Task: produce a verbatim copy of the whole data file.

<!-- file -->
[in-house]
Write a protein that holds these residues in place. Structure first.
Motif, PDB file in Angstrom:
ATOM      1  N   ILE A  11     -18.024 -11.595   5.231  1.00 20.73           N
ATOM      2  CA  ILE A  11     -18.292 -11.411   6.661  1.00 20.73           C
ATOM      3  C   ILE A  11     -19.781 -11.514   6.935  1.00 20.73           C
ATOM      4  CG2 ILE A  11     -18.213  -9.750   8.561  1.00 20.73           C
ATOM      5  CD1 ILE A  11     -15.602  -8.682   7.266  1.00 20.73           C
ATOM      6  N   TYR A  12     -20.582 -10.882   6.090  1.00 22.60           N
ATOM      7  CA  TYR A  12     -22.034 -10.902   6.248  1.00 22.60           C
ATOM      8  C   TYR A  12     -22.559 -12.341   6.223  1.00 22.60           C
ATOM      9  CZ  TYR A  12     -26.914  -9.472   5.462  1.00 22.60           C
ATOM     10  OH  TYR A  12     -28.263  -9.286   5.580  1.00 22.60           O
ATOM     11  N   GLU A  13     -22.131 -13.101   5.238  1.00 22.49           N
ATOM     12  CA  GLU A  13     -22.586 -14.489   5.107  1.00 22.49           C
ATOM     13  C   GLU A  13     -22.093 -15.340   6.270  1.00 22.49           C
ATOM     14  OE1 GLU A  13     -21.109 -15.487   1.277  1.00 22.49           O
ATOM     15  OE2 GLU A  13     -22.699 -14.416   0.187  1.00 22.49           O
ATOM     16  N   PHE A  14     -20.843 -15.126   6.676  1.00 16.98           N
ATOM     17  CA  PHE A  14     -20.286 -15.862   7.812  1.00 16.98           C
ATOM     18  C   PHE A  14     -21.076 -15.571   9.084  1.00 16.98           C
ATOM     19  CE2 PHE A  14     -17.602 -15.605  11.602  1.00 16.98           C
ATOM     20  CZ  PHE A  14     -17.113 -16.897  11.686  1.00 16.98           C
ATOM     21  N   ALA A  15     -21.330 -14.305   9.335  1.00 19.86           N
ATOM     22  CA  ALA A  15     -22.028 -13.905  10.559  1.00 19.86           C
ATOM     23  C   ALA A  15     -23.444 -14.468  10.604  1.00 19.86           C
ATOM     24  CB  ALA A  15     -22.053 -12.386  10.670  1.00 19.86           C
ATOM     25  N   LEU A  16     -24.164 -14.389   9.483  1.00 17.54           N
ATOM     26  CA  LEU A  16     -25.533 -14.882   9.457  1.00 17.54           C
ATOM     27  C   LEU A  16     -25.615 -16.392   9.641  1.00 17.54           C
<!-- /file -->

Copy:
[in-house]
Write a protein that holds these residues in place. Structure first.
Motif, PDB file in Angstrom:
ATOM      1  N   ILE A  11     -18.024 -11.595   5.231  1.00 20.73           N
ATOM      2  CA  ILE A  11     -18.292 -11.411   6.661  1.00 20.73           C
ATOM      3  C   ILE A  11     -19.781 -11.514   6.935  1.00 20.73           C
ATOM      4  CG2 ILE A  11     -18.213  -9.750   8.561  1.00 20.73           C
ATOM      5  CD1 ILE A  11     -15.602  -8.682   7.266  1.00 20.73           C
ATOM      6  N   TYR A  12     -20.582 -10.882   6.090  1.00 22.60           N
ATOM      7  CA  TYR A  12     -22.034 -10.902   6.248  1.00 22.60           C
ATOM      8  C   TYR A  12     -22.559 -12.341   6.223  1.00 22.60           C
ATOM      9  CZ  TYR A  12     -26.914  -9.472   5.462  1.00 22.60           C
ATOM     10  OH  TYR A  12     -28.263  -9.286   5.580  1.00 22.60           O
ATOM     11  N   GLU A  13     -22.131 -13.101   5.238  1.00 22.49           N
ATOM     12  CA  GLU A  13     -22.586 -14.489   5.107  1.00 22.49           C
ATOM     13  C   GLU A  13     -22.093 -15.340   6.270  1.00 22.49           C
ATOM     14  OE1 GLU A  13     -21.109 -15.487   1.277  1.00 22.49           O
ATOM     15  OE2 GLU A  13     -22.699 -14.416   0.187  1.00 22.49           O
ATOM     16  N   PHE A  14     -20.843 -15.126   6.676  1.00 16.98           N
ATOM     17  CA  PHE A  14     -20.286 -15.862   7.812  1.00 16.98           C
ATOM     18  C   PHE A  14     -21.076 -15.571   9.084  1.00 16.98           C
ATOM     19  CE2 PHE A  14     -17.602 -15.605  11.602  1.00 16.98           C
ATOM     20  CZ  PHE A  14     -17.113 -16.897  11.686  1.00 16.98           C
ATOM     21  N   ALA A  15     -21.330 -14.305   9.335  1.00 19.86           N
ATOM     22  CA  ALA A  15     -22.028 -13.905  10.559  1.00 19.86           C
ATOM     23  C   ALA A  15     -23.444 -14.468  10.604  1.00 19.86           C
ATOM     24  CB  ALA A  15     -22.053 -12.386  10.670  1.00 19.86           C
ATOM     25  N   LEU A  16     -24.164 -14.389   9.483  1.00 17.54           N
ATOM     26  CA  LEU A  16     -25.533 -14.882   9.457  1.00 17.54           C
ATOM     27  C   LEU A  16     -25.615 -16.392   9.641  1.00 17.54           C